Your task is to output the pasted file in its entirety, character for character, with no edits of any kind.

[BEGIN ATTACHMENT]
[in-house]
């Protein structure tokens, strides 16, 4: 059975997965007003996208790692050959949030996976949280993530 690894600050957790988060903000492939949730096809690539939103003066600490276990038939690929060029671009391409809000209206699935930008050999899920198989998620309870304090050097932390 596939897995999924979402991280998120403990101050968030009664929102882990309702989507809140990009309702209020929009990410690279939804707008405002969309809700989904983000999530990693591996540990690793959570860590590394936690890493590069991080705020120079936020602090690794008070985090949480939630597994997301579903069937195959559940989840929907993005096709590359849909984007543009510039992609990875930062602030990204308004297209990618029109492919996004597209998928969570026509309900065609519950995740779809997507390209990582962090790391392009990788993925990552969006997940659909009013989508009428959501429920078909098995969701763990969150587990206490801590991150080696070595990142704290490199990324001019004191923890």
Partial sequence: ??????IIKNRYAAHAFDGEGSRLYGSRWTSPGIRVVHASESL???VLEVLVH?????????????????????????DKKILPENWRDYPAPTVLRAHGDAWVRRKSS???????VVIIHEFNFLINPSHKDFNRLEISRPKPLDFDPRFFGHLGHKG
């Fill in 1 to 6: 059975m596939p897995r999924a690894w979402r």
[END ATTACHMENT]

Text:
[in-house]
């Protein structure tokens, strides 16, 4: 059975997965007003996208790692050959949030996976949280993530 690894600050957790988060903000492939949730096809690539939103003066600490276990038939690929060029671009391409809000209206699935930008050999899920198989998620309870304090050097932390 596939897995999924979402991280998120403990101050968030009664929102882990309702989507809140990009309702209020929009990410690279939804707008405002969309809700989904983000999530990693591996540990690793959570860590590394936690890493590069991080705020120079936020602090690794008070985090949480939630597994997301579903069937195959559940989840929907993005096709590359849909984007543009510039992609990875930062602030990204308004297209990618029109492919996004597209998928969570026509309900065609519950995740779809997507390209990582962090790391392009990788993925990552969006997940659909009013989508009428959501429920078909098995969701763990969150587990206490801590991150080696070595990142704290490199990324001019004191923890």
Partial sequence: ??????IIKNRYAAHAFDGEGSRLYGSRWTSPGIRVVHASESL???VLEVLVH?????????????????????????DKKILPENWRDYPAPTVLRAHGDAWVRRKSS???????VVIIHEFNFLINPSHKDFNRLEISRPKPLDFDPRFFGHLGHKG
């Fill in 1 to 6: 059975m596939p897995r999924a690894w979402r």